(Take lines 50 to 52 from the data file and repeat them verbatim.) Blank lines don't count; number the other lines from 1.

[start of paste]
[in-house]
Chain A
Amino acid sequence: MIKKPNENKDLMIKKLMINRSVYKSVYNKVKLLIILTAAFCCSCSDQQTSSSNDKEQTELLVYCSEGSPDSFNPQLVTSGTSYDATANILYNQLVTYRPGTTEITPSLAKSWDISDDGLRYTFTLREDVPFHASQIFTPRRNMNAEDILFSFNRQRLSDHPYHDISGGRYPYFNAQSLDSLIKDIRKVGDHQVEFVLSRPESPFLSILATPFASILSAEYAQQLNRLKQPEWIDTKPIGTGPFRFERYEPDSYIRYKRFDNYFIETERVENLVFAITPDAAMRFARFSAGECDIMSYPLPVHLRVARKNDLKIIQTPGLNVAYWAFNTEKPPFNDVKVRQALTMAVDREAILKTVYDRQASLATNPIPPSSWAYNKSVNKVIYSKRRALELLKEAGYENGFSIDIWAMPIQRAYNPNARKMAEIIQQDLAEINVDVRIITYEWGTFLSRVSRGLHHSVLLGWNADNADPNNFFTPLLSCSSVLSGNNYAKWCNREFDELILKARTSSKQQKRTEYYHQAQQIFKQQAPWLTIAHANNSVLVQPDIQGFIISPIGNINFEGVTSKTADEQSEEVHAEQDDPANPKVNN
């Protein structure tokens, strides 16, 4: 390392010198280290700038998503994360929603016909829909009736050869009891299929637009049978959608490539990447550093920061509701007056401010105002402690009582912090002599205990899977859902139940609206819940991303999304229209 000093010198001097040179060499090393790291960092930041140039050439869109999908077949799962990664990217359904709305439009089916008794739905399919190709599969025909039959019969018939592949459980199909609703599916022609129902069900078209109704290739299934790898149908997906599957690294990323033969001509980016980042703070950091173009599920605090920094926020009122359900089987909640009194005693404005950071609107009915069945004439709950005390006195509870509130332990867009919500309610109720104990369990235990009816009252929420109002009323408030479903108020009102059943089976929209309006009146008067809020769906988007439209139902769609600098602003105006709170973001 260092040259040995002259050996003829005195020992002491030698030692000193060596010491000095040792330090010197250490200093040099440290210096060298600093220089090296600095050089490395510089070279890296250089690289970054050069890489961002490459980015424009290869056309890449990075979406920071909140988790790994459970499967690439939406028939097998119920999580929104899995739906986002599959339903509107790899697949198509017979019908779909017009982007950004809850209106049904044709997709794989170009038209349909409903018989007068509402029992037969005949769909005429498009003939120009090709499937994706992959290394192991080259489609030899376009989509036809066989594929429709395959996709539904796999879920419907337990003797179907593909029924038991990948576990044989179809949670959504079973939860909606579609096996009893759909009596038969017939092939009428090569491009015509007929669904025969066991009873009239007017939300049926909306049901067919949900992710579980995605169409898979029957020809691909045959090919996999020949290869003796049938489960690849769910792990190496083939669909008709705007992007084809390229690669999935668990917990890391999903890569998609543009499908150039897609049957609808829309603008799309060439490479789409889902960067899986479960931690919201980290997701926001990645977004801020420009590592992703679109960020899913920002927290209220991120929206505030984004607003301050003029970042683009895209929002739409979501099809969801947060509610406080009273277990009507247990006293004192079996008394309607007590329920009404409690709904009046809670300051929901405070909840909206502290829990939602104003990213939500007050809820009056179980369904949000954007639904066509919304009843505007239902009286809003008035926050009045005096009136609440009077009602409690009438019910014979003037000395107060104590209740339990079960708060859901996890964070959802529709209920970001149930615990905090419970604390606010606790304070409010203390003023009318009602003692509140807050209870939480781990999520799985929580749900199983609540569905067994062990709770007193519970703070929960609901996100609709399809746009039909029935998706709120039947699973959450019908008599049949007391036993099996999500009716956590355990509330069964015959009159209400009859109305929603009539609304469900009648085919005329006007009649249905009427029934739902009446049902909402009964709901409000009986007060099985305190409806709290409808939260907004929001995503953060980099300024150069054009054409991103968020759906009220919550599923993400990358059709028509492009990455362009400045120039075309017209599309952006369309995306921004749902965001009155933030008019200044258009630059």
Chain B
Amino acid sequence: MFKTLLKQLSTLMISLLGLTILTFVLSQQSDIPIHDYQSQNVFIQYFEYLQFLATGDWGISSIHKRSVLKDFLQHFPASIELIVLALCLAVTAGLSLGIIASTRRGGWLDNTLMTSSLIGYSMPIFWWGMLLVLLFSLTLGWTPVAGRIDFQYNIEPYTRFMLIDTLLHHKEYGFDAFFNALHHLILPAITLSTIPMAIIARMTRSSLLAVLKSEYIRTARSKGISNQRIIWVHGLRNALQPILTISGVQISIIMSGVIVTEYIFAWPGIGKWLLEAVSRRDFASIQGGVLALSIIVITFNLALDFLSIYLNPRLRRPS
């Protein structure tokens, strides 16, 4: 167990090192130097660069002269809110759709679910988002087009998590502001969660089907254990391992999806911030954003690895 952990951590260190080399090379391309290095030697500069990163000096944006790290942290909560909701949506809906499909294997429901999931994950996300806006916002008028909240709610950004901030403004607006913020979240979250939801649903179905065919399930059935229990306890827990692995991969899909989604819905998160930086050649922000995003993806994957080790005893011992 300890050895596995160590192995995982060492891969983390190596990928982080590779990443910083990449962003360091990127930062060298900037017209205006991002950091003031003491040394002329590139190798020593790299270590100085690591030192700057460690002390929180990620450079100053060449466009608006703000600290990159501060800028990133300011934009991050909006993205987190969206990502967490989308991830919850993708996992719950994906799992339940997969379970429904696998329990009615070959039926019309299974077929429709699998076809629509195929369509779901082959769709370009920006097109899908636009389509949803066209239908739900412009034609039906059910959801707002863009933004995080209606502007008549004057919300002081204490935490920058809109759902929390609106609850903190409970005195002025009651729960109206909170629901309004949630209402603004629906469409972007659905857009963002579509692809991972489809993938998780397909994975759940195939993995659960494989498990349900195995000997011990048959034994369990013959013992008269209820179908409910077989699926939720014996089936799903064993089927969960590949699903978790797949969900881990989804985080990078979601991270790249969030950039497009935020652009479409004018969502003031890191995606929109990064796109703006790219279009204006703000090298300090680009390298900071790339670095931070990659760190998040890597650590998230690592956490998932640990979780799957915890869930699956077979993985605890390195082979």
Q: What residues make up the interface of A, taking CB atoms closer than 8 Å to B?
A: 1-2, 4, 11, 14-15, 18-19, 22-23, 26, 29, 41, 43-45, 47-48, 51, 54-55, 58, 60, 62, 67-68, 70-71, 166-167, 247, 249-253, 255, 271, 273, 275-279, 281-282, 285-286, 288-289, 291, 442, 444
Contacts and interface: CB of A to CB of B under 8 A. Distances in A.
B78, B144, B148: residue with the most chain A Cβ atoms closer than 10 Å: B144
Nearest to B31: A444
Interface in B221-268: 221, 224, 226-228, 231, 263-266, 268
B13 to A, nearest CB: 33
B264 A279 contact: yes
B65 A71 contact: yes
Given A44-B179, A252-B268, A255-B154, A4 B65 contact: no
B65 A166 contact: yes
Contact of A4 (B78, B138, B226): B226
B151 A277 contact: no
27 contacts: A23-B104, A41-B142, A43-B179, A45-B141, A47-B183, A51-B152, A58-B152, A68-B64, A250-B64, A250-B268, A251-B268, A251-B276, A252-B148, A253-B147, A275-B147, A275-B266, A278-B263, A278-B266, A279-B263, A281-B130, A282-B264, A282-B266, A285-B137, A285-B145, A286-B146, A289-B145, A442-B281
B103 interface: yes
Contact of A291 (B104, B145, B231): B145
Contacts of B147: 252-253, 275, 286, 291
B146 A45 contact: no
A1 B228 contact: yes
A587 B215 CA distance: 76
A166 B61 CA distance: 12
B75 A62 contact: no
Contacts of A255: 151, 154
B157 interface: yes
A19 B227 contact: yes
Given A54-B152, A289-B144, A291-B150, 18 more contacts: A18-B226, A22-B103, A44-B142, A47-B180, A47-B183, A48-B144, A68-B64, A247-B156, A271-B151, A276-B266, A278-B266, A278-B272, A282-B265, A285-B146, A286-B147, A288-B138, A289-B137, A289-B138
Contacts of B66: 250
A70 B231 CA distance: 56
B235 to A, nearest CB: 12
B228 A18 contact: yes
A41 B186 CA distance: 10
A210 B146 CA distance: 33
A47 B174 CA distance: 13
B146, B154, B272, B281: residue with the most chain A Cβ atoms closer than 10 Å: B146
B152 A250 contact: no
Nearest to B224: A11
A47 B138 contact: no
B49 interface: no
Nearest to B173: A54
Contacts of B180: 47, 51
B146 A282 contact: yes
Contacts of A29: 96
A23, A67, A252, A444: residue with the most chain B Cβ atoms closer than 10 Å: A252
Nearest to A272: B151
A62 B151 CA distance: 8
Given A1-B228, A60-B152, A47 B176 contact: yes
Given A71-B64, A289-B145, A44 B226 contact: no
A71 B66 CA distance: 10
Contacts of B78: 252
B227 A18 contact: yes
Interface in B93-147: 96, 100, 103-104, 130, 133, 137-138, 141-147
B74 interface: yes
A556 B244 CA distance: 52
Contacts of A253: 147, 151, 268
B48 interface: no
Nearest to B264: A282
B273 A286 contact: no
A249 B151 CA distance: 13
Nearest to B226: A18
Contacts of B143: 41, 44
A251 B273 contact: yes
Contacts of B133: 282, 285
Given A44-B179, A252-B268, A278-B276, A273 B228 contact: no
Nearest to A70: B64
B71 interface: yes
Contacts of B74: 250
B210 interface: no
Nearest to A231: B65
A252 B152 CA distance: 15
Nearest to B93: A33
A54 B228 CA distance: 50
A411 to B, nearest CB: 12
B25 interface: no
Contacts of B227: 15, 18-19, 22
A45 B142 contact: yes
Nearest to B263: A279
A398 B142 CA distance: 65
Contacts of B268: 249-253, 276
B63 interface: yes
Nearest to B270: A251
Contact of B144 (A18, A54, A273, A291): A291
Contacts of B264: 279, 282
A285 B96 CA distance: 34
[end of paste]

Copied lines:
A23, A67, A252, A444: residue with the most chain B Cβ atoms closer than 10 Å: A252
Nearest to A272: B151
A62 B151 CA distance: 8